Tag Archives: merlin mann

Mindfulness the Google way by Jon Kabat-Zinn

Merlin Mann is one of my favorite productivity bloggers. And similar to how you feel when you learn that two old friends have met and hit it off, I was pleased yesterday to read his post on an influential teacher in my life: Jon Kabat-Zinn, founder of the Center for Mindfulness in Medicine, Health Care, and Society.

At about the same time that I was gaining my stride in my professional life, a chronic pain situation nearly ended it. Then I learned about what this fellow was doing, deep in the bowels of the University of Mass. Medical Center. I learned about Kabat-Zinn and his “de-dogma-ized” meditation program in a segment of a PBS special, Bill Moyers’ Healing and the Mind. What followed is a journey I’m still on.

Read Merlin’s post, and check out the YouTube video it describes, which was shot on the Google campus.

April 1 Update: Here’s an account of the health benefits of this type of meditation, from yesterday’s BBC News site.

Powerpoint to the people: A revolution in presentations

On the last day before a holiday weekend, I thought I’d talk about something that’s important for us marketers but also fun. Or at least it should be. The topic of improving slideshow presentations has been covered wonderfully in the past, but there are some great new perspectives you should be checking out, to keep your Powerpoint decks in check.

(With so many co-workers starting the holiday early today, one of the stalwart few who will be with me in the office today joked that he’d bring Mimosas. From that last riff you’d think he’d followed through on the threat!)

Merlin Mann of 43 Folders gave a wonderful presentation to Google recently on better use of email. His 50 minute presentation (the video is below, and here’s a podcast of the talk) was as fun as it was practical. In response to inquiries, he shared his Powerpoint tips in a recent post. Although I should mention that he is the second person this week to let me know that Keynote has it over Powerpoint, if only because you can look at your speaking notes on your computer’s monitor while the audience sees the projected slide.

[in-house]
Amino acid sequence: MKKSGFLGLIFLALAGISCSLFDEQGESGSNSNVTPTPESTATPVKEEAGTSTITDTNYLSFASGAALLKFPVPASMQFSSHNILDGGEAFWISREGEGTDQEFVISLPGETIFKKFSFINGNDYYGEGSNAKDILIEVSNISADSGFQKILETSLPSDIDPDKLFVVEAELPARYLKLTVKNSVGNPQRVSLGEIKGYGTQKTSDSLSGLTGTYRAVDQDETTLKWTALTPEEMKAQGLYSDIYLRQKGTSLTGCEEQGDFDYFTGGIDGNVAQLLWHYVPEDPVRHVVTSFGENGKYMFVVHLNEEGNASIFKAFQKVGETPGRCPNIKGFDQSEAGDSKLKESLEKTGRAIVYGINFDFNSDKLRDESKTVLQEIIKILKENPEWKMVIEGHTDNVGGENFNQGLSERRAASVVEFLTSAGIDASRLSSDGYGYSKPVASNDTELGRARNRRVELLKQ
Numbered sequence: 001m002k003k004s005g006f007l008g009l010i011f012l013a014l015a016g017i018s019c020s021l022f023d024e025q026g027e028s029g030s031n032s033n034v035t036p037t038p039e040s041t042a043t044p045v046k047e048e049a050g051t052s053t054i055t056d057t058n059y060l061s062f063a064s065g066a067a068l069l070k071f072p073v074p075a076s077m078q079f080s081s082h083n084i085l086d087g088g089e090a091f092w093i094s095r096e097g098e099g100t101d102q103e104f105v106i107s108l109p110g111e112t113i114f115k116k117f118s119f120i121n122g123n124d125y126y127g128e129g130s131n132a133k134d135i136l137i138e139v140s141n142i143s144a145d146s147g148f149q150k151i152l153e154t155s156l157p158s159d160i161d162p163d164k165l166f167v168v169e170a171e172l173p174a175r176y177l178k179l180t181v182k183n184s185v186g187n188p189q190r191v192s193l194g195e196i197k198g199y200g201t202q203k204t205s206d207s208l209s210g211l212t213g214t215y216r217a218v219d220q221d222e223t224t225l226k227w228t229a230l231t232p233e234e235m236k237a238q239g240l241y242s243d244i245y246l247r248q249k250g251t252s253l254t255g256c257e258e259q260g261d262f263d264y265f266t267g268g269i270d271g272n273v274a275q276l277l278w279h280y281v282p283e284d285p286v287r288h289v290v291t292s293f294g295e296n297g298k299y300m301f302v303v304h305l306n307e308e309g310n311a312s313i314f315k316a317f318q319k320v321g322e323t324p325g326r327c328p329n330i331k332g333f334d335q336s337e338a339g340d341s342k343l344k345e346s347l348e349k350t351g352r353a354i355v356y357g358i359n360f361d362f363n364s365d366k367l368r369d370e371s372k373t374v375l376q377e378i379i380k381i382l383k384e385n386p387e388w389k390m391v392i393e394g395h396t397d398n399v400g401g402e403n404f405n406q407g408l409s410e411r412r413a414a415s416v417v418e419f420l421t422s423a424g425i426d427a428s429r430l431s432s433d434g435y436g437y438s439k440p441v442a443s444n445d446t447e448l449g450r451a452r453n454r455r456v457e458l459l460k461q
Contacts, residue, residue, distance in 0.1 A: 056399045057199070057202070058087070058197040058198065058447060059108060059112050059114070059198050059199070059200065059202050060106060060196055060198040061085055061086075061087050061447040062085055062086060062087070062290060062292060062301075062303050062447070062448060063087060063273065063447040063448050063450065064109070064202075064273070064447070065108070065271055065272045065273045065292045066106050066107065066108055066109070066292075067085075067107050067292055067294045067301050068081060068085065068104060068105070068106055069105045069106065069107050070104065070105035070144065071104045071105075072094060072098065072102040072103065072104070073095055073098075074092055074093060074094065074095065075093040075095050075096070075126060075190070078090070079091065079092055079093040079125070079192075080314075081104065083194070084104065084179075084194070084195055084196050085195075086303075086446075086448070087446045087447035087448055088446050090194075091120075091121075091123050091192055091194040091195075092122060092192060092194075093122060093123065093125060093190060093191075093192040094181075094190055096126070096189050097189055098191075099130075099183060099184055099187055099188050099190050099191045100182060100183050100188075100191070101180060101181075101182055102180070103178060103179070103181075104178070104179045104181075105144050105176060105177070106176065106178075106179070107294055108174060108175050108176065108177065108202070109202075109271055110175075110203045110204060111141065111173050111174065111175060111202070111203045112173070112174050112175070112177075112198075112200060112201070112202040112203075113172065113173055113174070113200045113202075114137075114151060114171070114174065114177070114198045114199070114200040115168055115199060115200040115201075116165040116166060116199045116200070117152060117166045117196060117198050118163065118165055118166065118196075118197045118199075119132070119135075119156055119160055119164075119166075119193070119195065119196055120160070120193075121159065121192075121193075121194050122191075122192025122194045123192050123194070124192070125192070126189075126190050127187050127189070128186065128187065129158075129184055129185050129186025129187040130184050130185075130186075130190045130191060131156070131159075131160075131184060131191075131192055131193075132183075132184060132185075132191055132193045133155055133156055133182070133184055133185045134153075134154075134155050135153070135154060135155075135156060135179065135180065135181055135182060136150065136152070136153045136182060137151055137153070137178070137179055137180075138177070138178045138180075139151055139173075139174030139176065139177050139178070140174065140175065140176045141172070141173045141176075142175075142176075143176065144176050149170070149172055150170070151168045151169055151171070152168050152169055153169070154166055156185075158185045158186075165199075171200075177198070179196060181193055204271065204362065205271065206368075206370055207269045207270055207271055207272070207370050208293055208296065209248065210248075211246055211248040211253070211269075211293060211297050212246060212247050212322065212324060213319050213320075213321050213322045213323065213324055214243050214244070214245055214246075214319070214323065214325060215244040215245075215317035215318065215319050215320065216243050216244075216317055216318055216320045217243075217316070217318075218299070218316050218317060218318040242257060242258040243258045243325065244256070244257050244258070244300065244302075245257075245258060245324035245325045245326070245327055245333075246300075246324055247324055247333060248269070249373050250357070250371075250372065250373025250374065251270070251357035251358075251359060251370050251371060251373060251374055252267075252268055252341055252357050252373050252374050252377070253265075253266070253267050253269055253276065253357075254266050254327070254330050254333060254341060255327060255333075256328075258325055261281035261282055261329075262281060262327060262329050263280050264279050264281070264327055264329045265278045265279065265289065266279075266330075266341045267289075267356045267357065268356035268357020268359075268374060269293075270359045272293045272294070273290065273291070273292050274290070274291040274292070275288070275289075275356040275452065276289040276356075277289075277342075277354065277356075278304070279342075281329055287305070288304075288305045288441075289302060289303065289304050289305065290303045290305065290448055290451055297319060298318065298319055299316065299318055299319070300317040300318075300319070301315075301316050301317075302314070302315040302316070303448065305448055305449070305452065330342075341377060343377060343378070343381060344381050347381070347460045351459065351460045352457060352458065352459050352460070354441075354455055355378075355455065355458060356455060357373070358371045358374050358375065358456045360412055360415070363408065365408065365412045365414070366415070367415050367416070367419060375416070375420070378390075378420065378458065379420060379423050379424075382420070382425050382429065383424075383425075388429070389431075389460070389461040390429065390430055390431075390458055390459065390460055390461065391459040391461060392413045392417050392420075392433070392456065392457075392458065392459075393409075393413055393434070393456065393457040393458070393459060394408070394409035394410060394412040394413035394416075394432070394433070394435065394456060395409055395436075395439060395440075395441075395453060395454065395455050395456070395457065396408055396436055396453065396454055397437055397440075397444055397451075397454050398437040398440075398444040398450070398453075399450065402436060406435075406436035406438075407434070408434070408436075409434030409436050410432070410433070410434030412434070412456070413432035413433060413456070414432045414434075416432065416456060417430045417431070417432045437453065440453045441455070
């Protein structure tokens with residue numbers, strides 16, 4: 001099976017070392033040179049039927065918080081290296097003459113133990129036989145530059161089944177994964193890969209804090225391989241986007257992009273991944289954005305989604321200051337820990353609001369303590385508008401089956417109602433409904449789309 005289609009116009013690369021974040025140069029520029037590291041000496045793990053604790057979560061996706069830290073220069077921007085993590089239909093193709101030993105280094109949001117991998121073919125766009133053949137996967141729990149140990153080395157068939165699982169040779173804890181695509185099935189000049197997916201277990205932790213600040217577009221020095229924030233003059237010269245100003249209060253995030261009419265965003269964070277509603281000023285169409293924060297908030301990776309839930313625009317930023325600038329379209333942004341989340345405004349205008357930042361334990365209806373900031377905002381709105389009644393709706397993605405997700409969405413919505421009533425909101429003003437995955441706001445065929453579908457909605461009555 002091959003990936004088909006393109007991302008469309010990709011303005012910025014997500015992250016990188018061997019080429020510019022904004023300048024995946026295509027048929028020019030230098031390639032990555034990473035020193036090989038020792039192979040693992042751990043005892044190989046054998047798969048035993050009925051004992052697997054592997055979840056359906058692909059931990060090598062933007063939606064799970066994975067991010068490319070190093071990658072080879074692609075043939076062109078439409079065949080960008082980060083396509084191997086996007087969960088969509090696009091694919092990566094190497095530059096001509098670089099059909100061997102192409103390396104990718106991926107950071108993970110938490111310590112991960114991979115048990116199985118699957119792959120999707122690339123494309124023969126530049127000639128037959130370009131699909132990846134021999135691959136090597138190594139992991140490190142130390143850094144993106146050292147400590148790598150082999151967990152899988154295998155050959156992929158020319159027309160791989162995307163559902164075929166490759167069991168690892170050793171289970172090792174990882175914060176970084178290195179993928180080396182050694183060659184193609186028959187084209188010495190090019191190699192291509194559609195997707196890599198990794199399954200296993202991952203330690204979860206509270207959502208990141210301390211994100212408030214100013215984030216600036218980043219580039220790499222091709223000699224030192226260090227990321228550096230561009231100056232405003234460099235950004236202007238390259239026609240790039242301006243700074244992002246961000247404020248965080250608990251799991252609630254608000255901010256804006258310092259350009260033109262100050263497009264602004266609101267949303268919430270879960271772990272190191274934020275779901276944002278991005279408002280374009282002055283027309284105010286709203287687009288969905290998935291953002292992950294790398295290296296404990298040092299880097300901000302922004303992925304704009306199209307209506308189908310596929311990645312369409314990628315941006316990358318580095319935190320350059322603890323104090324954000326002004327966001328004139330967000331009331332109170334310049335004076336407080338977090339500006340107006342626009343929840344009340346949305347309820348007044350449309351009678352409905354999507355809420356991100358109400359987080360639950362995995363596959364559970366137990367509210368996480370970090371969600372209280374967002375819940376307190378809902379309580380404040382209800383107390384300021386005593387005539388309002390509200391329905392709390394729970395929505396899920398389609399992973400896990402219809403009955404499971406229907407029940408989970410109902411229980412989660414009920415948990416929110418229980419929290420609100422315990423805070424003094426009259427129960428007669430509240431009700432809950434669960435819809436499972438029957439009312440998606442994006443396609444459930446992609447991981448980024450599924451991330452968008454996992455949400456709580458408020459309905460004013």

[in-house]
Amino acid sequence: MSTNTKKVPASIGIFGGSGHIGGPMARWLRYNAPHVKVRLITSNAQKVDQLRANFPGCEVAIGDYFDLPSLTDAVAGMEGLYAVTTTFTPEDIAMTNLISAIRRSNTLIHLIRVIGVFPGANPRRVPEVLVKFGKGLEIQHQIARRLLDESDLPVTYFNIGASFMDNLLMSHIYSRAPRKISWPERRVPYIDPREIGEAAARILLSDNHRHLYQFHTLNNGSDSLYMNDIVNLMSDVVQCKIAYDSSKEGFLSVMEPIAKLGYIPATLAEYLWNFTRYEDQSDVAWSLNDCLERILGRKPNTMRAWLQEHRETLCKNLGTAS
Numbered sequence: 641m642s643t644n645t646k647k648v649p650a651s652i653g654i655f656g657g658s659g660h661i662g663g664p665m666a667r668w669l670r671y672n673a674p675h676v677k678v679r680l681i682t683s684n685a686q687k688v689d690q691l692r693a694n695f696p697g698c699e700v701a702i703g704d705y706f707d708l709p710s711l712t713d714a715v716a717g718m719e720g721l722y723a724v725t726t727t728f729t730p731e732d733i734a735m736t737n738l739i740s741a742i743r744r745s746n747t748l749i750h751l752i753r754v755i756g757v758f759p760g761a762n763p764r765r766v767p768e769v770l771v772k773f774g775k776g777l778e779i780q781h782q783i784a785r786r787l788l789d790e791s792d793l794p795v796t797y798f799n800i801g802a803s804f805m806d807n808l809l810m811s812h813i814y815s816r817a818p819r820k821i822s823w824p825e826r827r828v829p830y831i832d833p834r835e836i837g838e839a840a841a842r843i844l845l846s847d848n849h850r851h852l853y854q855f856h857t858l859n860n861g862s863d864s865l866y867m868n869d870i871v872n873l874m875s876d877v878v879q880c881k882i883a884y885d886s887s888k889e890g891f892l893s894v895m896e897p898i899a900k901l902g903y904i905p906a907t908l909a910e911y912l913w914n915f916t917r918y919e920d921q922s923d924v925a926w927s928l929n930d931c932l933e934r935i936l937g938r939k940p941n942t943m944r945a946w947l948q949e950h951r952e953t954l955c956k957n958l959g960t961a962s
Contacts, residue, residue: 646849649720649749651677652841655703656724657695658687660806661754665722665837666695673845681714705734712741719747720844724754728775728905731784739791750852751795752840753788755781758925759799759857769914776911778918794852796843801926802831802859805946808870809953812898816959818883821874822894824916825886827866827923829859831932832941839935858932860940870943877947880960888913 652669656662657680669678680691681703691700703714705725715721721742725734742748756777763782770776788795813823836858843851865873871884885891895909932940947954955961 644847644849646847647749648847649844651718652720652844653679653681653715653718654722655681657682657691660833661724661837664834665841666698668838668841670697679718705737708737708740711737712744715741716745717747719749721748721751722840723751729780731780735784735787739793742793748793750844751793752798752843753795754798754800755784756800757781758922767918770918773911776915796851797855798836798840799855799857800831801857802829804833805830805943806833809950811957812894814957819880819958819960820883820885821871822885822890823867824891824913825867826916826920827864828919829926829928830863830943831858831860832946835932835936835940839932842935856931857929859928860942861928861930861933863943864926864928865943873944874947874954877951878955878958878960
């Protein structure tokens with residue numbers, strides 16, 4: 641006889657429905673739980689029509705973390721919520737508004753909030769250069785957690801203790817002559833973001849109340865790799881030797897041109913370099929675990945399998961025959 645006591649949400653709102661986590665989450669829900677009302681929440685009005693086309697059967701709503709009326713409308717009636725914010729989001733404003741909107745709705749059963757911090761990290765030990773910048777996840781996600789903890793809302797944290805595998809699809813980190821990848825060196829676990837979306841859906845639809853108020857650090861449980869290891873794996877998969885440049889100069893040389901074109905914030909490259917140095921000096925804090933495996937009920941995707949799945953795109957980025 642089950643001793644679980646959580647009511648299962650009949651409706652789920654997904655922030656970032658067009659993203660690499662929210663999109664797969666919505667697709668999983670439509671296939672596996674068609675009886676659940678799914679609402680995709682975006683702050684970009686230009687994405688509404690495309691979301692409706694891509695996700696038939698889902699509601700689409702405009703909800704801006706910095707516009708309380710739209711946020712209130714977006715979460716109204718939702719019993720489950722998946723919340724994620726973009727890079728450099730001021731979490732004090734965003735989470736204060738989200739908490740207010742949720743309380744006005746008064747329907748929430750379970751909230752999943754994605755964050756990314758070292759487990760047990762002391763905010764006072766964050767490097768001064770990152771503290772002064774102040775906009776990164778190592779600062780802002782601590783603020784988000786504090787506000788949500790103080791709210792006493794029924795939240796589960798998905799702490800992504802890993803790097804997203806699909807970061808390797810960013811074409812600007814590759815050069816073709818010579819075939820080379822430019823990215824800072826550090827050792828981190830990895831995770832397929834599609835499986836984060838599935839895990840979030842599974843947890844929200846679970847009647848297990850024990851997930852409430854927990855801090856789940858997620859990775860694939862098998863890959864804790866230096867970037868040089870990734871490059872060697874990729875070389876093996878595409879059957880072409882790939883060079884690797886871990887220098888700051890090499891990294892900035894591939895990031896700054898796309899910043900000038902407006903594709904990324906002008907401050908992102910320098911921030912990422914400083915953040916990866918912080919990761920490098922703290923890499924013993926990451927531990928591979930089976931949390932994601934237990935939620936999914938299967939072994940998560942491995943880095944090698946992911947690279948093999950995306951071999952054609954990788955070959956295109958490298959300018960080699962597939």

In his tips on better slideshows, Merlin mentions Guy Kawasaki’s 10-20-30 Rule: “A PowerPoint presentation should have ten slides, last no more than twenty minutes, and contain no font smaller than thirty points.” This reminded me of another slideshow presentation form (I say form, just as poetry has its classic sonnet and haiku forms). I’m thinking of the form called pecha kucha.

Pecha kucha was invented four years ago in Tokyo by Astrid Klein and Mark Dytham of Klein Dytham Architecture. They created it as a way to attract people to an event space they’d set up. They wanted a freeform presentation environment that wasn’t hackneyed. Sort of an un-poetry slam.

Here are the rules for a Pecha Kucha night: A number of presenters (usually 14) each does a slideshow of exactly 20 images, each lasting exactly 20 seconds. That puts the total runtime at 6 minutes, 40 seconds. The topics of the presentation vary widely, but the presenters are primarily artists and designers. These events have spread, to take place in major cities around the world. I’m tempted to attend the next one in Chicago, in late September.

According to an uncited entry in Wikipedia, this 20 slides, 20 seconds each form has been adopted in some corners of the business world. It allows for a brief, disciplined presentation of ideas, with questions withheld until the end and no room for meandering on the part of the speaker. It’s all in the service of avoiding “death by Powerpoint.” Those who know me well are aware that I dislike using Powerpoint, and try whenever possible to present with a simple MindManager mind map. Or just write out my ideas into a Word document (there, Microsoft, at least you get some of my loyalty!) and speak without visuals. It’s all in the worship of one of my business heros: Edward Tufte.

For my friends reading this in the U.S., have a wonderful Labor Day Weekend, devoid of Powerpoint — unless you like that kind of thing!